Not surprisingly there are feelings of guilt. In more severe cases, there may even be thoughts of self harm, or even suicide. Most mothers with postpartum depression do not act on these, thoughts, however, nor do they kill their babies.

Postnatal psychosis is far rarer and much more serious. In fact it is a psychiatric emergency, and both mother and baby must be protected. The mother typically suffers from hallucinations and delusions. Mood may be impaired – elevated, depressed or simply dysphoric, but this is generally over-shadowed by the psychosis.

Treatment is always conducted by psychiatrists in a hospital setting. By way of contrast, ambulatory treatment is the rule in postpartum depression. With effective medical management, neither postpartum psychosis nor postpartum depression should have an unhappy outcome.

Israeli cases cause media outcry, but have yet to elicit a sustained, professional response from those that either treat or govern. Statistics are thin on the ground.

One therefore has to look to the US, which informs Israeli practice anyway, for more than just media blurb.

A recent study by the US Department of Justice indicated that about one in six cases of filicide (the killing of a son or daughter) is of an infant by the mother (most of the remainder are by fathers of children over the age of eight years). Not infrequently mothers then try to take their own lives, and of course some succeed.

Even though delusions and hallucinations, the sine qua non of postpartum psychosis, are virtually the sine qua non of maternal filicide, courts and juries struggle to accept the insanity defense. This particular homicidal act is simply too repugnant to most members of modern Western society, lay and professional alike.

What is the answer? Prevention, prevention, prevention.

In a way, filicide is as much a symptom of the moral health of a nation as that of the mental health of the individuals that make it up. To the extent that societies provide adequate support and services for families, and for burdened mothers, filicide will be mitigated.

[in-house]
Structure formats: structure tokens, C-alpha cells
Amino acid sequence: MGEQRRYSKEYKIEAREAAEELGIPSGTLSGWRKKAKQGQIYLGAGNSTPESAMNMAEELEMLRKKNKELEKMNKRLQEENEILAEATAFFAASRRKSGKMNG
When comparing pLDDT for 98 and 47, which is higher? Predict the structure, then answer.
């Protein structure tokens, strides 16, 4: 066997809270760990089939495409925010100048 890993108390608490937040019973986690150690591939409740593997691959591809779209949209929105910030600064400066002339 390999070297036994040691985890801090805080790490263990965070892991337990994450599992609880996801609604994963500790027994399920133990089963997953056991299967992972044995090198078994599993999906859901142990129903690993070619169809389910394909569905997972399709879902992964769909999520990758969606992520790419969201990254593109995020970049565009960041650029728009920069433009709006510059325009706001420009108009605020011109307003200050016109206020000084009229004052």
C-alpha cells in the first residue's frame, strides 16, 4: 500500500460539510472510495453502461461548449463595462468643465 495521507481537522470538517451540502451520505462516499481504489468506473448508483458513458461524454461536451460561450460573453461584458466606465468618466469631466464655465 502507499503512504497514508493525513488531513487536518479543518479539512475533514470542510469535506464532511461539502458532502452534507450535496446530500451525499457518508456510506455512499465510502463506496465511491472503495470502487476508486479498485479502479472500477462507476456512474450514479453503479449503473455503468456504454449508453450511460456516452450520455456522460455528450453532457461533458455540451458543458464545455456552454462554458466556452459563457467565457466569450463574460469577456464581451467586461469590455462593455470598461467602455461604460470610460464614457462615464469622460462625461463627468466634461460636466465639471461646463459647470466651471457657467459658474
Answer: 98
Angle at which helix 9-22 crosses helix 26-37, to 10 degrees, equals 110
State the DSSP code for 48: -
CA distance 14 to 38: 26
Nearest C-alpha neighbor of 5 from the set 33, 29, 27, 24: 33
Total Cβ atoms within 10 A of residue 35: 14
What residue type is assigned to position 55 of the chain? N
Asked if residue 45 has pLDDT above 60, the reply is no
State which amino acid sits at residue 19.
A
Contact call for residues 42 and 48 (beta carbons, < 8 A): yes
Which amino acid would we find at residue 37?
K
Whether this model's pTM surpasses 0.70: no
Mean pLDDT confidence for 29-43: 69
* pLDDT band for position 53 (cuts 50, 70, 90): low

The better informed and the more caring a society, the less likely tragedies like these will occur. Murder of babies by mentally ill mothers can be prevented.

In Israel, psychiatric services for mothers (and their babies) are notable for their absence. Most services are restricted to the center of the country, leaving the north and the south relatively depleted. And those psychiatric services that are on offer center on mental asylums and their community outreach clinics. They service a population that rarely includes such mothers at risk.

The kind of family and community psychiatric services required to make a significant dent in the statistics for maternal filicide simply don’t exist locally.

Non-psychiatric professionals, most notably general medical practitioners and social workers, don’t have the professional training, knowledge or skills to differentiate cases at risk. The most effective advocacy for improvement of suitable psychiatric services will only come from within the psychiatric profession itself.

We have been warned.

The writer was trained in medicine and psychiatry in London and ran the psychiatric residency training program at Hadassah Hospital. He is completing a book on Suicide in Jewish History and the Holocaust for the Edwin Mellen Press.